> I was thinking that as darcs visits[4] pristine states it could
> maintain/build a map from Hash -> Inventory, call it the "named state
> map".  Perhaps when branches communicate they are able to union their
> named state maps.  I expect these maps to be relatively small, but
> that might require clever packing/compressing as inventories grow in
> size and the number of visited states explodes combinatorially.
>
> I expect this next bit to be controversial, but keep reading for an
> alternative.  The idea is that you can have patches (and inventories)
> in your repository that are not the currently active ones.  I think
> that's my preferred way to use this feature, but I would like it to be
> non-destructive.  Visit a particular state, do something, then decide
> you want to be back where you were so you go back to the previous
> state/inventory.  This would need new machinery/commands and raise
> questions about handling unrecorded changes.
>
> I think a less controversial (and more consistent with the current UI)
> way, would be to work analogous to 'darcs get foo --context=baz bar',
> in that you always have to create a new branch in a new directory when
> you use the "jump to state" feature.  This has the attractive benefit
> of keeping with the existing branching model that darcs uses.
>
> A possible pitfall for users is if darcs doesn't recognize a state in
> its named state map.  Care is needed to ensure that error messages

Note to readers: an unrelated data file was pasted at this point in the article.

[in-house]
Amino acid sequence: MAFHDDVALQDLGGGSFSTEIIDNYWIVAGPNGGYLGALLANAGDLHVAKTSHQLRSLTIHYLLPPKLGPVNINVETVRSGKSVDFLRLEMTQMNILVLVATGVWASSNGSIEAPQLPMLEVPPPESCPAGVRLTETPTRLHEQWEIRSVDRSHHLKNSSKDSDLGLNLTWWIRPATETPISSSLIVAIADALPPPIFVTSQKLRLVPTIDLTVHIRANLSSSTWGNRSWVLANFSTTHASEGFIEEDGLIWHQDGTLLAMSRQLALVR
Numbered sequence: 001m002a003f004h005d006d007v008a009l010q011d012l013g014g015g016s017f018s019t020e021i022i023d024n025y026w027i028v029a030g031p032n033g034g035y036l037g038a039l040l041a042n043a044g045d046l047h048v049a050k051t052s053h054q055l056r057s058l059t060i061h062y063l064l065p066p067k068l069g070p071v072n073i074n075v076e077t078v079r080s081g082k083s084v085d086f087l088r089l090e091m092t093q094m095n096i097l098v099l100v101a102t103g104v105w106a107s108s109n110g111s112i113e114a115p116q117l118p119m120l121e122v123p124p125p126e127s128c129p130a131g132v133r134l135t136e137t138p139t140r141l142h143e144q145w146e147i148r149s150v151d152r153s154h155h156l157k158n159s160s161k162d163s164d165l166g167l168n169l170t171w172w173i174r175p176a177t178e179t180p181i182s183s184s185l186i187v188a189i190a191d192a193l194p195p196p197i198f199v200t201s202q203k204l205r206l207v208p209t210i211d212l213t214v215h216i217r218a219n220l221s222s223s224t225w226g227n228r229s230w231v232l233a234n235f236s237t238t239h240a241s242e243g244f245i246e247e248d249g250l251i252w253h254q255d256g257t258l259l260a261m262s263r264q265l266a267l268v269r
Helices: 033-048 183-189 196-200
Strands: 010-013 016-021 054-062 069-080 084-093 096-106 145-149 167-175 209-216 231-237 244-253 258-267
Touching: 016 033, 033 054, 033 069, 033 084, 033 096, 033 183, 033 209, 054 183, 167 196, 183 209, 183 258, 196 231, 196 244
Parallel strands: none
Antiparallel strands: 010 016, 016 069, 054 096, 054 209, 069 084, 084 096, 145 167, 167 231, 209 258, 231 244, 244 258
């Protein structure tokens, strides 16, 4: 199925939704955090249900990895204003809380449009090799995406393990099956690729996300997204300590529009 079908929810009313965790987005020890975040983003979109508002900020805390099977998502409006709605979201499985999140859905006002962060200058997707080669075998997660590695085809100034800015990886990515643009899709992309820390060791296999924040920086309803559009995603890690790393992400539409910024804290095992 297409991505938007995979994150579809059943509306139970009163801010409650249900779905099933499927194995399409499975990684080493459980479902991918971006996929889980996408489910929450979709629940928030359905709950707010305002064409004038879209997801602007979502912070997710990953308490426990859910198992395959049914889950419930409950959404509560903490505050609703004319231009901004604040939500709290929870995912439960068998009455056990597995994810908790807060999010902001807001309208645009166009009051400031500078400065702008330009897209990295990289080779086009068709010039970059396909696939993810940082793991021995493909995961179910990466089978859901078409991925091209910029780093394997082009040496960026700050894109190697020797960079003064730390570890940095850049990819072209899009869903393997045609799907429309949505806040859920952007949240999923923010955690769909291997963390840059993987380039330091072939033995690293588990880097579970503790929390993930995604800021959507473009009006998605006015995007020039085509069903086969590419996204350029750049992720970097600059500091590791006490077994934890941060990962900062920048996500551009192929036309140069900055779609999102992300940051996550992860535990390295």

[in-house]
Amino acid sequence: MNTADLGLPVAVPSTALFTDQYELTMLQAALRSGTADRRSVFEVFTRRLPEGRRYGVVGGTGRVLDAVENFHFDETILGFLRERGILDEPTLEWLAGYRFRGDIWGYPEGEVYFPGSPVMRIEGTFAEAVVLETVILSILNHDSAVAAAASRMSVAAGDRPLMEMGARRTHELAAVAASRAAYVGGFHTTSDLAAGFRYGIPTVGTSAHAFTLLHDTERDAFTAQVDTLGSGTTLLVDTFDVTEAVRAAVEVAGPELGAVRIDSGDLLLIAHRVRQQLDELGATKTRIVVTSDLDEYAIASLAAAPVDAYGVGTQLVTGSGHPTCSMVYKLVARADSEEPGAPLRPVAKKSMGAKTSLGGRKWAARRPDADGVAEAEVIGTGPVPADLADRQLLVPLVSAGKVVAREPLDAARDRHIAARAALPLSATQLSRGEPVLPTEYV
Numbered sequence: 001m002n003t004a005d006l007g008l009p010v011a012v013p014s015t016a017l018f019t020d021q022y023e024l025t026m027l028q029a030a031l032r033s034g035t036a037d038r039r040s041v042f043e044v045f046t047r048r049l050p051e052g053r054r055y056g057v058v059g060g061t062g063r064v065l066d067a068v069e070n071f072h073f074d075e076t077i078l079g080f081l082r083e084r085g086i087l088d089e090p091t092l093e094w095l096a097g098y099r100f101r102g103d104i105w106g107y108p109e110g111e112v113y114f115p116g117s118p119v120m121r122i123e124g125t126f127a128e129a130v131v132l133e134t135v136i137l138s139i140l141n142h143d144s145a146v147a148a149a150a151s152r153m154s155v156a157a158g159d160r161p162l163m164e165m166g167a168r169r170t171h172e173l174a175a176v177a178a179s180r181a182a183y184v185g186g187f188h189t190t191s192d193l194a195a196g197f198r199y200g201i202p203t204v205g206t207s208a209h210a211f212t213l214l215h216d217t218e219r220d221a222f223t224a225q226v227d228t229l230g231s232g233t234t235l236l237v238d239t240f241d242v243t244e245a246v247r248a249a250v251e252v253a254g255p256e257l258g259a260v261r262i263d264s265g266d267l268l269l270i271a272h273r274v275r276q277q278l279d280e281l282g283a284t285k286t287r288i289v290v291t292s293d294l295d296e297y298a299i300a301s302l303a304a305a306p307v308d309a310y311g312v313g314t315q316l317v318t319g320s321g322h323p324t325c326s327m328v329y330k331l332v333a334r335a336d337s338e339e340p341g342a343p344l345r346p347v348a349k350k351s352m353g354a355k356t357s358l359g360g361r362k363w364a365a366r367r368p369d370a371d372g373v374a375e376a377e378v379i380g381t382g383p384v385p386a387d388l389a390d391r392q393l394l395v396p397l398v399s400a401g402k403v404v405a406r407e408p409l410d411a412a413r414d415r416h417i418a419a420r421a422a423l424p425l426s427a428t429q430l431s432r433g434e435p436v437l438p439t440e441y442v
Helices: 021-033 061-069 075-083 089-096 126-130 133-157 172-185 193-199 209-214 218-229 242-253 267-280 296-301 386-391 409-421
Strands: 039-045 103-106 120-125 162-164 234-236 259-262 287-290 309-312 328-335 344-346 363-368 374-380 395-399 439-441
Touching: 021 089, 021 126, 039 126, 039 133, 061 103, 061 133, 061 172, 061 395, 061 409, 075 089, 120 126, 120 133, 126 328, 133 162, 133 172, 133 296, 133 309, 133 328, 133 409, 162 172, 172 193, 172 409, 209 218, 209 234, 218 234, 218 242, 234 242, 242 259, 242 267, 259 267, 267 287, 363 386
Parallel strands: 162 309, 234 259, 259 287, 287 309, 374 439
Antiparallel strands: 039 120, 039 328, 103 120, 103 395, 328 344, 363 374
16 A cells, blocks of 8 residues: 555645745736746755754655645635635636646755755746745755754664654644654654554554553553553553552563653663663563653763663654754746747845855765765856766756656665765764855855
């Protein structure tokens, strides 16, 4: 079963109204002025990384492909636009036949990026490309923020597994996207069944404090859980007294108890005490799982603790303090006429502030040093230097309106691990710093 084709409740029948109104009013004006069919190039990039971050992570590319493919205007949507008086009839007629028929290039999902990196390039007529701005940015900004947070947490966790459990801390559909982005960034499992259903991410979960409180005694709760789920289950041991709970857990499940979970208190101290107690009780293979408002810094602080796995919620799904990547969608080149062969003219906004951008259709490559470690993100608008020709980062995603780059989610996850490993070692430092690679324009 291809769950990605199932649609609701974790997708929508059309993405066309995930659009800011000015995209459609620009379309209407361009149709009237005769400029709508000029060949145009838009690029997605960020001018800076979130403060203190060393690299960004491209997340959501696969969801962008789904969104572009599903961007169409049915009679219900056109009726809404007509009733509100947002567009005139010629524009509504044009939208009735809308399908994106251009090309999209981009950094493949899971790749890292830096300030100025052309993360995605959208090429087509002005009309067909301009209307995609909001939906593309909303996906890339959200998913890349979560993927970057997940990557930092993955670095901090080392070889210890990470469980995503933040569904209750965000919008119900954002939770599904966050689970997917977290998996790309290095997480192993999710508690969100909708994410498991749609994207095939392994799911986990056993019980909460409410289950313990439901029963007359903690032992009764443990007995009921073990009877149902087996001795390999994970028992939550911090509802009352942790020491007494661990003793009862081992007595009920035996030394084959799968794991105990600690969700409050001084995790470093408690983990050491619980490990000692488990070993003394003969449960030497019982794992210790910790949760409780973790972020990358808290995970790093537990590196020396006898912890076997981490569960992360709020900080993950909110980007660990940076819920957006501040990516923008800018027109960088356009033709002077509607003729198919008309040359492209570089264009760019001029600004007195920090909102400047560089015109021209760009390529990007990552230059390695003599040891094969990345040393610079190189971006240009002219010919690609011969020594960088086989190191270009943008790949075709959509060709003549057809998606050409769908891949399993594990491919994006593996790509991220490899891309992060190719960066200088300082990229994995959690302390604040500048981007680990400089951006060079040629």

> give users the info they need to make the feature work and that it be
> easy to update your repo to include the named states in other
> branches.
>
> I think this is a place where we can reasonably avoid invoking patch
> theory to construct the repo state.  It's sort of like having implicit
> tags and doing a 'darcs get -t implicit_tag_X'.  We already know what
> the requested state looks like, let's simply 'make it so'.
>
> = Request for Feedback =
>  * Is this silly?
>  * Is it already possible?
>  * What would you change?
>  * What are must-haves and can't-stands for you if we had this feature?
>
> = Positive Impact on other features =
>  * Annotate can give out tree hashes (if that is useful)
>  * People can compare pristine state by hash and actually synchronize
> via hashes
>  * Buildbot could report state instead of conext
>
> = Negative Impact on other features =
>
>  * Will the size of named state maps grow too quickly?
>
> If we go with being able to "jump to state" without creating a new branch:
>  * Requires users to know which tree hash they are at relative to the
> 'tip' of their branch
>  * Requires special handling of inventories and unrecorded changes
>
> Thanks,
> Jason
>
> [1] Zooko has requested this feature on numerous occasions, and I
> think we all deserve it.
> [2] "move-to-state" is a terrible command name, please advise.
> [3] This *needs* to fail fast or finish quick.  Definitely not
> searching all possible subsets and orderings of the repository.
> [4] I don't know how to efficiently define "visiting" a state.
> Roughly, my idea of "visited state" means any pristine state that has
> existed in this branch or its parent at the time of 'get'.  Ideas?
>